Somewhere in the depths of the LSU Football Operations Building, Leslie Edwin Miles is sweating about his third bowl loss in four years.
In 2009, he lost an embarrassing game to a sub-par Penn State team on a muddy, disgusting field. Field conditions may serve as a valid excuse for one bowl loss. After all, LSU wasn't spectacular that year. Jordan Jefferson was the starting quarterback. Need I say more?
The following year, LSU improved—losing to eventual BCS champion Auburn, led by Cam Newton, and Arkansas. Most importantly, the Tigers defeated arch-rival Alabama. In their bowl game, they pounded Texas A&M into submission. Tiger fans received their first glimpse of the Honey Badger, Tyrann Mathieu. Things were looking up.
LSU lived up to its heightening expectations in 2011. The Bayou Bengals put together one of the most impressive seasons in NCAA football history. In total, LSU beat eight ranked teams. The closest games included a 12-point victory against Mississippi State and a three-point win against the Crimson Tide in Tuscaloosa.
Then the unthinkable happened.
The Tigers would play Alabama for a second time in the BCS championship. In Baton Rouge, emotions were mixed. Some fans were confident after defeating Alabama once. Others were worried, knowing that the Crimson Tide had dominated the majority of their previous meeting.
But it was essentially a home game. New Orleans is approximately 80 miles from Baton Rouge. The Superdome is a great atmosphere for football, college or pro. The stadium would surely be populated mostly by Tiger fans. If there was any year for LSU to win a championship, this was it.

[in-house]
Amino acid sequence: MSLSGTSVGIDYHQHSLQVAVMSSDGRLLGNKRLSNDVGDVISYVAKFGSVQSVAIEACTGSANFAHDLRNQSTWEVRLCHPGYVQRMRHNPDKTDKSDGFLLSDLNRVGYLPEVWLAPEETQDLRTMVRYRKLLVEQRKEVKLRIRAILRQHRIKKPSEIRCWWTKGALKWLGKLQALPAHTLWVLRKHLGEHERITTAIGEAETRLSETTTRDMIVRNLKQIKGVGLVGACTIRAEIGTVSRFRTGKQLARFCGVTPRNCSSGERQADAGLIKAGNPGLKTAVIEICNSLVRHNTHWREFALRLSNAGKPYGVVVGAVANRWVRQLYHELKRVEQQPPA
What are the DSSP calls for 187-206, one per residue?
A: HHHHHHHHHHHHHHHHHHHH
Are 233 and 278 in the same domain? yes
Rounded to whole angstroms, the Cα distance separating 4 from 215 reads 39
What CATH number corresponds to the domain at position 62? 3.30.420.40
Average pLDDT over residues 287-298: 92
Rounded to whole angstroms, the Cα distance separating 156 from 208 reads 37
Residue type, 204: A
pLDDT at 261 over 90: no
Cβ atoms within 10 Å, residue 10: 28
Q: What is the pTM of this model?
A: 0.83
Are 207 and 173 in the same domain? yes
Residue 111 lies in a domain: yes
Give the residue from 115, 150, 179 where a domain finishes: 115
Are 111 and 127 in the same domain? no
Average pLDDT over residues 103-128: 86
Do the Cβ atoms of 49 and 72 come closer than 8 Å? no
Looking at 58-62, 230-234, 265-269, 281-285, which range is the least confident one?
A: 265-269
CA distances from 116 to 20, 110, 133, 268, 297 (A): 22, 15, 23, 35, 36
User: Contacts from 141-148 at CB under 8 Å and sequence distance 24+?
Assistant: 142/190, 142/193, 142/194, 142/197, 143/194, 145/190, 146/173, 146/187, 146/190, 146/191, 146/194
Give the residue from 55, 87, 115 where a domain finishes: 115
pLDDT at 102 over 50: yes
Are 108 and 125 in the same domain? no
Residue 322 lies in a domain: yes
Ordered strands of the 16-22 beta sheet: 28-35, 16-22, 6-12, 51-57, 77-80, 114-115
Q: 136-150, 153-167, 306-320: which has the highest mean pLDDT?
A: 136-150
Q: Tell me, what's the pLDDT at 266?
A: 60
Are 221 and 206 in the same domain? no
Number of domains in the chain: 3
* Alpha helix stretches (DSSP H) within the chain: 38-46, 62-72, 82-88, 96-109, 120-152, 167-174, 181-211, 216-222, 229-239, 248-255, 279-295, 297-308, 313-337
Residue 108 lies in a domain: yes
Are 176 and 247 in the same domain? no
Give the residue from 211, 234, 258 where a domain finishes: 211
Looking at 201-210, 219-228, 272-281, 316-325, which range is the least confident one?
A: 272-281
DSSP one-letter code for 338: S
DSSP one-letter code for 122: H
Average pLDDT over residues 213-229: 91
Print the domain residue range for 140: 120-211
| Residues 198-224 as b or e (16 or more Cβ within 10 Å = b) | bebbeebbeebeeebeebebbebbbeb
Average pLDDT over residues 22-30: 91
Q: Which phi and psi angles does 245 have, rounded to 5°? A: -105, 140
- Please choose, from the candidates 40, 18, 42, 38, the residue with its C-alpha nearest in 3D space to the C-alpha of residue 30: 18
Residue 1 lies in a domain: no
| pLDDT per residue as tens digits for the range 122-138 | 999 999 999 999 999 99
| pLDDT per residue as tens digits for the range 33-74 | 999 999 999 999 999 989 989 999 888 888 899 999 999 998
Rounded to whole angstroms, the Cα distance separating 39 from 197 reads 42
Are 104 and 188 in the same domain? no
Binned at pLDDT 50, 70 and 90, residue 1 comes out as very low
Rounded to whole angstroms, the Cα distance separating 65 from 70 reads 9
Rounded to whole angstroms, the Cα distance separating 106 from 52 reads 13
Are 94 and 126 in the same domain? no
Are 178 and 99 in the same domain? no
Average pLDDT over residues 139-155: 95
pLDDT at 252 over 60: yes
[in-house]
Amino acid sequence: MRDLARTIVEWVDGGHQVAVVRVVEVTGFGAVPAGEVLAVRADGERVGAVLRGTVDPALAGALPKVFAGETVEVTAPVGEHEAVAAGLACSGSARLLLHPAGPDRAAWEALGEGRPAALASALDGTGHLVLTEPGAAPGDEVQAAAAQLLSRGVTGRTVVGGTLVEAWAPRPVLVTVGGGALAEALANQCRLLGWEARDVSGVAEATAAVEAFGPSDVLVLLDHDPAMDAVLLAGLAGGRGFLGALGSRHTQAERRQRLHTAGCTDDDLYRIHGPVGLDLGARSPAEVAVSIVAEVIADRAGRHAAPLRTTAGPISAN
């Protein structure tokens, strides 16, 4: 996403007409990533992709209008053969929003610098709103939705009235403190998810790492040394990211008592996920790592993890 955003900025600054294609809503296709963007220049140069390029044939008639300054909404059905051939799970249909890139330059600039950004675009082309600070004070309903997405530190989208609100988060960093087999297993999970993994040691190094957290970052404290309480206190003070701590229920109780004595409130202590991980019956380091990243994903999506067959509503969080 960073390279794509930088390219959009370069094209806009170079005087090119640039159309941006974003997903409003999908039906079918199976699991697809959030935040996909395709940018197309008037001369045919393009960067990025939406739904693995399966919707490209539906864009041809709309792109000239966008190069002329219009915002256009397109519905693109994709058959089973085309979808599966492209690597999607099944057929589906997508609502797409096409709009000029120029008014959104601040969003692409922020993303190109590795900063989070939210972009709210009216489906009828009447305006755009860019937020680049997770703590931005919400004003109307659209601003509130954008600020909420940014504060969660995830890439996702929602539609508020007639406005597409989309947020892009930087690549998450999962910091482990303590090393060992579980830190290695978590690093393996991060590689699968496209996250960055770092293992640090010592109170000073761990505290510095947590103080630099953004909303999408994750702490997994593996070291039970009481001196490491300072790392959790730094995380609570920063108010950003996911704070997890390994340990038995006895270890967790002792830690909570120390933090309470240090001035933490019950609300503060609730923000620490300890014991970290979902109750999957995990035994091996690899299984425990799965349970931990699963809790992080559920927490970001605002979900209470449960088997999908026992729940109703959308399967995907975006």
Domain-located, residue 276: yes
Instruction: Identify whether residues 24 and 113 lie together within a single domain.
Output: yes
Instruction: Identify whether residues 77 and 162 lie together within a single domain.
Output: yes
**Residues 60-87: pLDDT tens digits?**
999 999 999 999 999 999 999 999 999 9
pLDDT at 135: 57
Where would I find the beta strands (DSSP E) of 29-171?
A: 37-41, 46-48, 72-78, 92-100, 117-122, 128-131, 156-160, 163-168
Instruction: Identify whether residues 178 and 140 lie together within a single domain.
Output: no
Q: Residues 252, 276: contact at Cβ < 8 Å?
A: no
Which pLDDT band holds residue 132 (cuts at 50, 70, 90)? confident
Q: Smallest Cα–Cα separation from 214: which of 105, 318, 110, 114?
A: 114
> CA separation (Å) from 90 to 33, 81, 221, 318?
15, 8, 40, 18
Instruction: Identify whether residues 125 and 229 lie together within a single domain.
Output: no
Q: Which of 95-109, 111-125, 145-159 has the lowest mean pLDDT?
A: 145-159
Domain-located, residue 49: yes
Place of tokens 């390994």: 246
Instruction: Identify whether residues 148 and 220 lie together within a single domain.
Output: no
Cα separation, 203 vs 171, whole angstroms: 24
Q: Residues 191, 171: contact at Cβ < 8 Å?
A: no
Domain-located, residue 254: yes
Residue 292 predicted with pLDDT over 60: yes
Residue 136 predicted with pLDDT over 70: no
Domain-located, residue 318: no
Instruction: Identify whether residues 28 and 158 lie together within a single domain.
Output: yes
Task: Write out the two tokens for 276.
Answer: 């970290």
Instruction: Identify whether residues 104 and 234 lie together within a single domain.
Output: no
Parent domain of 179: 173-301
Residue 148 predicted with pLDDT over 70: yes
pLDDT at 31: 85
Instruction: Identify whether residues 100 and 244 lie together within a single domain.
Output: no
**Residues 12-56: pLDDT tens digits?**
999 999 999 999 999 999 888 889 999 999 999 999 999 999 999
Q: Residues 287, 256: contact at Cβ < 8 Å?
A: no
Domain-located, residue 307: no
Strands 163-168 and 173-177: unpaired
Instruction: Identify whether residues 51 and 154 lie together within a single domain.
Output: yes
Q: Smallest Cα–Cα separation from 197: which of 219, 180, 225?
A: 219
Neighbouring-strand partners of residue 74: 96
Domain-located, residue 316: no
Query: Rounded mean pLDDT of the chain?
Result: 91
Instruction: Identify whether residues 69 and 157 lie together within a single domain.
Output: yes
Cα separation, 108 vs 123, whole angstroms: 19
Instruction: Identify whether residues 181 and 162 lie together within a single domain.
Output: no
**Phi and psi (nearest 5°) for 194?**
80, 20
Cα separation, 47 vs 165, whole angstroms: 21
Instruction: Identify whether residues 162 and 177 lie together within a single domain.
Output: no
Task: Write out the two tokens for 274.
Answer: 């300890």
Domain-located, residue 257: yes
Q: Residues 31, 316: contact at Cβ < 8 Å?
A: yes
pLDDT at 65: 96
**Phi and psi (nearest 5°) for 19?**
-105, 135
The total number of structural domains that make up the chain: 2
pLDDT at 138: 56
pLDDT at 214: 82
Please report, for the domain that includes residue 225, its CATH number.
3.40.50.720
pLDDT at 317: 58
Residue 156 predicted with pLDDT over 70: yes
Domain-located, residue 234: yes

21-0. LSU didn't score a single point.
Like many other Tiger fans that night, I sat on the streets of New Orleans bewildered at what I had just seen. Hours earlier, the area surrounding the Superdome was buzzing with excitement. Shortly after the game ended, the streets were filled with tears.
In the game's aftermath, many questioned the play-calling. Why hadn't Jarrett Lee played? Why didn't LSU throw the ball more?
Fast forward to New Year's Eve 2012.
The Tigers were coming off a disappointing season—losing to Florida and being crushed by Alabama in Game 3. LSU had the game in its fingertips. Despite the team's best efforts, there was blown coverage on a last-second screen pass to TJ Yeldon.
That was it. The end of LSU's hopes for a championship. It was another crushing loss to Alabama.
Perhaps winning out could land LSU in a decent bowl game and maybe even a top 10 ranking in the final BCS rankings.
But with 2:43 left in the Chick-fil-A Bowl against Clemson, the LSU Tigers threw the ball three times. The same team that had relied so heavily on the run game for the entirety of Miles' tenure, changed its philosophy in a crucial moment.
Perhaps it was offensive coordinator Greg Studrawa's decision to throw the ball on 2nd-and-2. Maybe it was also his decision to throw the ball on 3rd-and-2. Either way, Clemson still had three timeouts.
The ACC Tigers methodically moved down the field. By the end of the game. Clemson had run 100 plays, an astounding number and more than double the 49 that LSU had run.
Where does that leave Miles? Where does yet another disappointing season—capped off by another disappointing loss in a big game—leave one of the most successful active college football coaches?
It leaves him just short of being fired. Sure, Tiger fans love Miles. He fits in well with the laissez faire attitude of Louisiana. But his coaching decisions continually disappoint faithful fans. He is beginning to wear out his welcome.
Miles has one championship to his name. But it's hard for LSU fans not to demand another with such stellar talent coming in year after year.
Your time is running out, Les. It's time for results.
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